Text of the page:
While campaigning last year, then-candidate Joe Biden didn’t seem very enthusiastic about his prospective Justice Department prosecuting prospective civilian Donald Trump. It’s “a very, very unusual thing and probably not very … good for democracy, to be talking about prosecuting former presidents,” the future president said in August.
But it would have been hard to imagine that Biden’s Justice Department would wind up defending Trump in court, which has become a strange theme of the first few months of Attorney General Merrick Garland’s tenure. The latest example came Monday night, when the DOJ filed a brief with a federal appeals court in New York claiming that Trump could not be sued for defamation by E. Jean Carroll, who has accused Trump of raping her, because the defamatory comments in question were made while Trump was president.
“Elected public officials can — and often must — address allegations regarding personal wrongdoing that inspire doubt about their suitability for office,” the brief read. “Officials do not step outside the bounds of their office simply because they are addressing questions regarding allegations about their personal lives,” the lawyers for the Justice Department added.
Carroll’s lawyer said the brief was “truly shocking,” according to The New York Times. Carroll herself criticized the move, as well. “As women across the country are standing up and holding men accountable for assault, the D.O.J. is trying to stop me from having that same right,” she said in a statement.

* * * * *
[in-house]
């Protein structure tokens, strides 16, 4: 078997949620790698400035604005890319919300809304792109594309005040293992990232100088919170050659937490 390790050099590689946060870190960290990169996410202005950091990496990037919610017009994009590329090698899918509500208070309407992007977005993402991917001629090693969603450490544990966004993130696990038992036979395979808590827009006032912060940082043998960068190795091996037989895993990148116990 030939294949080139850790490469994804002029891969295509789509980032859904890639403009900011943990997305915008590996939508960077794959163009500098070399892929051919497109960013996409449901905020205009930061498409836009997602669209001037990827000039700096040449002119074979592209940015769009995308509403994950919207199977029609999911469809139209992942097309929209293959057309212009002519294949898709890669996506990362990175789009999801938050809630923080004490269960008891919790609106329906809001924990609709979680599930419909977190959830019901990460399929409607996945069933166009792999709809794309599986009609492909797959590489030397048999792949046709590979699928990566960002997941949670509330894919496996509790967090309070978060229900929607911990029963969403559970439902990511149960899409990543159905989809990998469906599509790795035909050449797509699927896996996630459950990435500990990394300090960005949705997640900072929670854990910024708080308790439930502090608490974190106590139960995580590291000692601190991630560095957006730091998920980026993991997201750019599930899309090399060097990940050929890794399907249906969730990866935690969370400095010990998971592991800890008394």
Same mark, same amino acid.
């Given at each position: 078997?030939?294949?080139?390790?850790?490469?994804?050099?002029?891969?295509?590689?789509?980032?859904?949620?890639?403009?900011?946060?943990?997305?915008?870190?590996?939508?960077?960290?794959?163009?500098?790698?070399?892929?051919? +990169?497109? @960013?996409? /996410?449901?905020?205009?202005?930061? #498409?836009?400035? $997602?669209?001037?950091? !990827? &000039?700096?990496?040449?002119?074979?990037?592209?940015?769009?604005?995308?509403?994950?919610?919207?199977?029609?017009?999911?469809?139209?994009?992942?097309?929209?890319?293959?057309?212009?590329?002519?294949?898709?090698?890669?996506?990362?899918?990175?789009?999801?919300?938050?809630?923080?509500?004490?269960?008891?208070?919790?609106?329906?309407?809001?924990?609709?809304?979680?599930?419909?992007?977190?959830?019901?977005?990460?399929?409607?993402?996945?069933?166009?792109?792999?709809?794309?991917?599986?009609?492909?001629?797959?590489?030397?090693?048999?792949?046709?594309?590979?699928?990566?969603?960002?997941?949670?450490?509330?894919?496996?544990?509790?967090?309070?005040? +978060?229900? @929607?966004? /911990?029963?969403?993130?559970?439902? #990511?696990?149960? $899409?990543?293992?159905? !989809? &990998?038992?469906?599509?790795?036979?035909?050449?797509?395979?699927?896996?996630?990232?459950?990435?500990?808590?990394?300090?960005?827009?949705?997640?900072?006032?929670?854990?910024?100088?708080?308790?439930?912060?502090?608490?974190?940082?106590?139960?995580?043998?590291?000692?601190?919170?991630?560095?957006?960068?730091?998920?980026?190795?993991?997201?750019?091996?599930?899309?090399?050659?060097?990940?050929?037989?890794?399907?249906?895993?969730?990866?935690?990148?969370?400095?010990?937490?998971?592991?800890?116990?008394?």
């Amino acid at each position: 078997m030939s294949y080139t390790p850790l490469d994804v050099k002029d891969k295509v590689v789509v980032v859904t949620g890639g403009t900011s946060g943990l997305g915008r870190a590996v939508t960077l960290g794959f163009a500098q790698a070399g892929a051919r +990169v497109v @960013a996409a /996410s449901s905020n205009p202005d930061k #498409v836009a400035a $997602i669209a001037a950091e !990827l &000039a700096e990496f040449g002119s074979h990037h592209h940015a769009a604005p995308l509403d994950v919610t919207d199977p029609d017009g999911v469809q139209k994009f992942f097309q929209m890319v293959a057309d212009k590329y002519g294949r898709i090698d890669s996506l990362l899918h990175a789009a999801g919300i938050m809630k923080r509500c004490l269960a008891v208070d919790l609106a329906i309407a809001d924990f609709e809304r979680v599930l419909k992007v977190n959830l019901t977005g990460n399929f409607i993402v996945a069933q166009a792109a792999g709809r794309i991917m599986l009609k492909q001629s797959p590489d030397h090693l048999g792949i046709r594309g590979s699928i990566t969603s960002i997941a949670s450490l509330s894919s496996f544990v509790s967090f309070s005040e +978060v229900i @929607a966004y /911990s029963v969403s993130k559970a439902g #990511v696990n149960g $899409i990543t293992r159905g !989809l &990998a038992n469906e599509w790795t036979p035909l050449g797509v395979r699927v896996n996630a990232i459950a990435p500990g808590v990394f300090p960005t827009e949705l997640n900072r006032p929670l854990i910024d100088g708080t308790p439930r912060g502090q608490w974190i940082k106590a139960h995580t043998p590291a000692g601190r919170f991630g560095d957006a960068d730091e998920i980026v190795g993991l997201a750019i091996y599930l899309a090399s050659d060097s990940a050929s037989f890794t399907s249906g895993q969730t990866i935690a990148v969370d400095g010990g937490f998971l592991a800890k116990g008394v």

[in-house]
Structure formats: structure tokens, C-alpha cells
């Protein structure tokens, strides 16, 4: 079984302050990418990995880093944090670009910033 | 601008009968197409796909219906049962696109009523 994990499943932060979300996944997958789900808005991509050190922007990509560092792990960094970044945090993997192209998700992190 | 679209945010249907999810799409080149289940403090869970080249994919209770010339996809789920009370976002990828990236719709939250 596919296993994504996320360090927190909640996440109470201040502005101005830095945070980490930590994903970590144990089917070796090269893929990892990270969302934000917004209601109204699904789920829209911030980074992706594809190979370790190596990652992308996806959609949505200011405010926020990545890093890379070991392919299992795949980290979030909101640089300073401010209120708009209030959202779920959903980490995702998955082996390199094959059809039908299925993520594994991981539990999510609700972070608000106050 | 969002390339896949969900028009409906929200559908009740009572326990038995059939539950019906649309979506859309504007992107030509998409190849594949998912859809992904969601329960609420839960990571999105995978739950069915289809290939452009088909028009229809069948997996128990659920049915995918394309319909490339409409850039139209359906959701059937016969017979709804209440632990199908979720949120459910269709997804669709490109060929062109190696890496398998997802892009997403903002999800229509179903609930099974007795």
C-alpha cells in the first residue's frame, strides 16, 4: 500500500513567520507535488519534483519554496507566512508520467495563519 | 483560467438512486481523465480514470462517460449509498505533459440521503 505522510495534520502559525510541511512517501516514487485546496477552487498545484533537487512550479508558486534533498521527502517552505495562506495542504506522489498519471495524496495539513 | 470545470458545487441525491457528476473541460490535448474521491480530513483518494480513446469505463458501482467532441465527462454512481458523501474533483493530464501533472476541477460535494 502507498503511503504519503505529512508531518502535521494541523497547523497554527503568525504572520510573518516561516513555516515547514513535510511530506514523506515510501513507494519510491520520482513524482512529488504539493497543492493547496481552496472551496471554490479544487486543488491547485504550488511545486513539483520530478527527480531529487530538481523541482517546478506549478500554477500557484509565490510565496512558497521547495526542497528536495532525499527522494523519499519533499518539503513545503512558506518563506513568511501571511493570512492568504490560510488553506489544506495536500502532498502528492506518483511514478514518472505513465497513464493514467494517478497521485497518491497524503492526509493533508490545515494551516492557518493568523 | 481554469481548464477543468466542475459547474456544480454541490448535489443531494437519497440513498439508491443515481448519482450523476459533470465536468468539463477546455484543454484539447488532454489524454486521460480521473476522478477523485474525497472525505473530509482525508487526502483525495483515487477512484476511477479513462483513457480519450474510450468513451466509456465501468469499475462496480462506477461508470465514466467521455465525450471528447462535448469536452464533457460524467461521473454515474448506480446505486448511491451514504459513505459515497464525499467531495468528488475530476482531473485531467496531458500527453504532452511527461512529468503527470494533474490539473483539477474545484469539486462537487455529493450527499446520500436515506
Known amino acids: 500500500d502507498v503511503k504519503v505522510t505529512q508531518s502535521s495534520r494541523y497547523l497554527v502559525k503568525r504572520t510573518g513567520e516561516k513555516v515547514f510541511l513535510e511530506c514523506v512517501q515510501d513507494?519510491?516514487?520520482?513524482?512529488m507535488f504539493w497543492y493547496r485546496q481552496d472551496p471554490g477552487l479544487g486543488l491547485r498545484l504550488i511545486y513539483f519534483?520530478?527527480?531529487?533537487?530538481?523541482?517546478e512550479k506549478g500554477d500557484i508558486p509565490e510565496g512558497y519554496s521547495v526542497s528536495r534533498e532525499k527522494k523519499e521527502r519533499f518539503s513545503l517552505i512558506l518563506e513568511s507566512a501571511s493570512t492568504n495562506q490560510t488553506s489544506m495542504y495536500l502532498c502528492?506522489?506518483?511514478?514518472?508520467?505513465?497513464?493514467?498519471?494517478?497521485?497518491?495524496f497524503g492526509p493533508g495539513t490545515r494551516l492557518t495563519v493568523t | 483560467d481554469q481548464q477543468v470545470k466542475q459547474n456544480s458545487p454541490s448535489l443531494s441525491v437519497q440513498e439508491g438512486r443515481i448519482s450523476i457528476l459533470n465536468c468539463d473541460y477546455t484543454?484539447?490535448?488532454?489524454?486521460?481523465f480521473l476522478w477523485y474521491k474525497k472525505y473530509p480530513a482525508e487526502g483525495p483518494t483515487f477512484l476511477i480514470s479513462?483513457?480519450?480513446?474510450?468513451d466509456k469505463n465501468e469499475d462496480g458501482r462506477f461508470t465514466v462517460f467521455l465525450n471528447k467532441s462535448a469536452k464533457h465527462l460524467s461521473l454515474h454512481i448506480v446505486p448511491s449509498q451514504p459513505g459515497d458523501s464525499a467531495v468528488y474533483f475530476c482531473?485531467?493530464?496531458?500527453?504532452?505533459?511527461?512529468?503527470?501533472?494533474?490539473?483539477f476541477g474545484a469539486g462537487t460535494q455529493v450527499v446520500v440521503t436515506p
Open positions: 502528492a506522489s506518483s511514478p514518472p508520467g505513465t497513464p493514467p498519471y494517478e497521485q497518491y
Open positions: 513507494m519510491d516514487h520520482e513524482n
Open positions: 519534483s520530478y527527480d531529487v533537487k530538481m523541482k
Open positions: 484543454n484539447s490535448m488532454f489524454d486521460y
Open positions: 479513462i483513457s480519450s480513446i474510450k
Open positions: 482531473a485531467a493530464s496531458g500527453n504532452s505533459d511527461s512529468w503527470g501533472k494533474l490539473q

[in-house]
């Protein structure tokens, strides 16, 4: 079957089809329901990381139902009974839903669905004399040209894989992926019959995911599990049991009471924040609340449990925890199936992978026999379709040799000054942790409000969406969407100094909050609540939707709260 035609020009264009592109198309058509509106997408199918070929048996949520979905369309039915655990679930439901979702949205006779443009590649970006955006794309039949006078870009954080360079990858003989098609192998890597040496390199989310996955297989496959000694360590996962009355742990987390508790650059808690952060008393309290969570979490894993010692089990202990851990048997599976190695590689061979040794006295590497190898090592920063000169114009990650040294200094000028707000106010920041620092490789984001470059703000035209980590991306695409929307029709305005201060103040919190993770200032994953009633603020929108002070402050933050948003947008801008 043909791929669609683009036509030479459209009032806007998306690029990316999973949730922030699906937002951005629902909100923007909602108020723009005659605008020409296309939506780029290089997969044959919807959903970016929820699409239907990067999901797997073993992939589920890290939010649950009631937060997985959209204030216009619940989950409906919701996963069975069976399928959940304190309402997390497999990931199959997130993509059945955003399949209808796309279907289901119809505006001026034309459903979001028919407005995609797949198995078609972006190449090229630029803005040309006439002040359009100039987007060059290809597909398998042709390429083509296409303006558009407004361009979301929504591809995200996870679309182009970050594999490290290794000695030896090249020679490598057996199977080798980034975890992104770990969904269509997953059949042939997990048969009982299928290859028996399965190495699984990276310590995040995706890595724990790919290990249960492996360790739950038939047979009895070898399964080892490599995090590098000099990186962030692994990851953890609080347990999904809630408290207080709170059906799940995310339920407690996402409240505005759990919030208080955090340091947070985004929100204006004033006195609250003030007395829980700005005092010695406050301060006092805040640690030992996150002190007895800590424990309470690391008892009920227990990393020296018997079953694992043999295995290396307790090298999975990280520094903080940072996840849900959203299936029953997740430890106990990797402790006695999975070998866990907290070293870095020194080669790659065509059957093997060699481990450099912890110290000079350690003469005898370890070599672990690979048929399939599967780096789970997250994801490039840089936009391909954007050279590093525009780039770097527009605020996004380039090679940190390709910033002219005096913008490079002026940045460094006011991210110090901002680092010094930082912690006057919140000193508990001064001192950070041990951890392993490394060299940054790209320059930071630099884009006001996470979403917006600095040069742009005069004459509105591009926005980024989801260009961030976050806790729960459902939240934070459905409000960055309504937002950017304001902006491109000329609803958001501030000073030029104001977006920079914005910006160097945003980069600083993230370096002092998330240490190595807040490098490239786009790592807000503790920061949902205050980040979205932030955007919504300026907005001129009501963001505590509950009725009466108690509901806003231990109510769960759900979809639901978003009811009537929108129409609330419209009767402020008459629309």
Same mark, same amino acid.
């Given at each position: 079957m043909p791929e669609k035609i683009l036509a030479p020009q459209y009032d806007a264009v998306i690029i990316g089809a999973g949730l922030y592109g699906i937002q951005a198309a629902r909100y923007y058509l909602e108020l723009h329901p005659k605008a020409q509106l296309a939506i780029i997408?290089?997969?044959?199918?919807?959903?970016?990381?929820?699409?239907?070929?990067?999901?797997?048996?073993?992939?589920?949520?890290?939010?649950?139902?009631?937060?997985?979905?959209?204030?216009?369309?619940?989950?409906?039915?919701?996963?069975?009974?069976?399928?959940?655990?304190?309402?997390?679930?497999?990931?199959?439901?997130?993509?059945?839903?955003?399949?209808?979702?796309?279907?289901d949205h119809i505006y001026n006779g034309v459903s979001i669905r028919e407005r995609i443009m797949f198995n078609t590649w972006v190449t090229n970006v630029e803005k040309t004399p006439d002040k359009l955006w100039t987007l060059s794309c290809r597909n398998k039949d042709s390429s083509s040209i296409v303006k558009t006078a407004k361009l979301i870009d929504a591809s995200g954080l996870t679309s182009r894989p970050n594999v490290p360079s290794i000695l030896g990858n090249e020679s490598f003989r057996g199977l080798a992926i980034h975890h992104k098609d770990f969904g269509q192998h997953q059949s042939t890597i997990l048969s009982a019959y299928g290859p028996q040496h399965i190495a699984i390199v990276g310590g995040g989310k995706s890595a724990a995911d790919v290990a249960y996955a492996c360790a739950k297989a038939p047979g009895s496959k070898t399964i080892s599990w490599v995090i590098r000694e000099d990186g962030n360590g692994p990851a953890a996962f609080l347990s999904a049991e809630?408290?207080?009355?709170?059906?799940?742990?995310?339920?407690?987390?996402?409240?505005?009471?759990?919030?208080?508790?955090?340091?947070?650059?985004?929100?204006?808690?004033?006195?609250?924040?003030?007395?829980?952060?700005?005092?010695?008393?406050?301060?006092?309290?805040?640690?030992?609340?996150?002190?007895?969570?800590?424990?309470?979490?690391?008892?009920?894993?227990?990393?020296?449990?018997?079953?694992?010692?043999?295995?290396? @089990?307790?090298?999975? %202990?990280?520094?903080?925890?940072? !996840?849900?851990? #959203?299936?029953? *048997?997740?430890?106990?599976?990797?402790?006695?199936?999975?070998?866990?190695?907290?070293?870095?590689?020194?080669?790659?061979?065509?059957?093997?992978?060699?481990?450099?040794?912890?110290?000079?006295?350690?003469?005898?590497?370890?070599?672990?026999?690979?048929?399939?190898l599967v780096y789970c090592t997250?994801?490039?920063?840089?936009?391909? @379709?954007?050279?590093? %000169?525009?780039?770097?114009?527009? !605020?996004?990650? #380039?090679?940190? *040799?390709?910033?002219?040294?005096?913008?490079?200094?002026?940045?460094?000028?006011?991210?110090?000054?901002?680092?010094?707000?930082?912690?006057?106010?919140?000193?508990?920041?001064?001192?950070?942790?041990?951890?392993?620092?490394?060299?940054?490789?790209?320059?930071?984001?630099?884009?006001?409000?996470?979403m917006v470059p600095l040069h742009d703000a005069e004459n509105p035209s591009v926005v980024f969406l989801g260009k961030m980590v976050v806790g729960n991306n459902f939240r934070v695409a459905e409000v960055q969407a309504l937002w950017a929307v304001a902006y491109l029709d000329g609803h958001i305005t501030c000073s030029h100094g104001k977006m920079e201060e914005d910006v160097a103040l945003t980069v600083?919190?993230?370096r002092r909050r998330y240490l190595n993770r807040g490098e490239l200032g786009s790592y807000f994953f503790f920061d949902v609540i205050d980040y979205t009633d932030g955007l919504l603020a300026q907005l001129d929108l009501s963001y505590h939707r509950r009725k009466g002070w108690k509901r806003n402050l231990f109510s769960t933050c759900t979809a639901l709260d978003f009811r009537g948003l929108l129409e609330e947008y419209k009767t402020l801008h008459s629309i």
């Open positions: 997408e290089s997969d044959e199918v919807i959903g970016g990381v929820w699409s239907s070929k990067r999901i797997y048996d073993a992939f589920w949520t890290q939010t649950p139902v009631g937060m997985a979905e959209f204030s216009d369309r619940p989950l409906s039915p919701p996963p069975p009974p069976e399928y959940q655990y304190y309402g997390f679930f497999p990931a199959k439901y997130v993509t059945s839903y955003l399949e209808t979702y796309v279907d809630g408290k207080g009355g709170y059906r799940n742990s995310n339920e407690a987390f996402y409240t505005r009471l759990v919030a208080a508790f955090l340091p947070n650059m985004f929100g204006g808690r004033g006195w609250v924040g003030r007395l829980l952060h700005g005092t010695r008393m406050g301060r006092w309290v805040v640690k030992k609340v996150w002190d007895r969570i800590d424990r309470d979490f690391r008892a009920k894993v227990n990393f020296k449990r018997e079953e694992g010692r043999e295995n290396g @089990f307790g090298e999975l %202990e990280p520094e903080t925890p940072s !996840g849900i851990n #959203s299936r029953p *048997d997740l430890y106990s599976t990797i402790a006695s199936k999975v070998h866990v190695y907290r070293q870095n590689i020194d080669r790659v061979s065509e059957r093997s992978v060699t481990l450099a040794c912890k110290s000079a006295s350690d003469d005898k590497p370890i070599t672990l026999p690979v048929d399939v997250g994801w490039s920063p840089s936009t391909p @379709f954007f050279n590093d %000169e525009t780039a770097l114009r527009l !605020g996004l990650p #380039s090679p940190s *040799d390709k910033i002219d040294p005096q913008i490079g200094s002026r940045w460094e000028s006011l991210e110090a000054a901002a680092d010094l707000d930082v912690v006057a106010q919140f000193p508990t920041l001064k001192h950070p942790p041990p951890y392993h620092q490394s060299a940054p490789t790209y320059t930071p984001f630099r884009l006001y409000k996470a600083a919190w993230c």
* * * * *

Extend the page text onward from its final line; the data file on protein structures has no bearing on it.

In 2019, Carroll wrote that Trump raped her in a department store dressing room in the mid-1990s. Trump not only denied he raped Carroll, saying she was not his “type,” he denied ever having met her. Months later, Carroll sued Trump for defamation in state court, which is where the case sat until last September, when then-Attorney General Bill Barr transferred the case to federal court after a state judge rejected Trump’s attempt to halt the case. Trump, who was then in the heat of his re-election campaign, now had the Justice Department at his back, as well as the fact that federal law also happens to prohibit government employees from being sued for defamation.
The Justice Department is apparently still at his back, and not just on the Carroll case. Paul Butler pointed out a few examples recently in The Washington Post.
Biden’s DOJ is also fighting to conceal information Barr used to mischaracterize the Mueller report before it was released to the public. Barr argued the memo he used fell under attorney-client privilege, but a federal judge disagreed, as did a group of Democratic senators who wrote a letter to Attorney General Merrick Garland urging him to release an unredacted version of the memo. This did not happen.
Then, late last month, the DOJ asked a judge to throw out a lawsuit against Trump, Barr, and other officials for the violent manner in which protesters were cleared away from Lafayette Square in Washington, D.C., last June, so that Trump could have a photo op at an adjacent church. At the time, Biden criticized Barr for ordering the protesters cleared, bashing how the Justice Department “deployed the U.S. military, tear gassing peaceful protesters” in service of Trump’s reelection.
Biden also criticized Barr for transferring Carroll’s case from state to federal court, accusing Trump of using the Justice Department as his “own law firm.”
“Can you remember any Republican president going out there, or former Democratic president: ‘Go find that guy and prosecute him’? You ever hear that? ‘By the way, I’m being sued because a woman’s accused me of rape: Represent me. Represent me,’ Biden said during a town hall event last October. “What’s that all about?”
It’s a good question.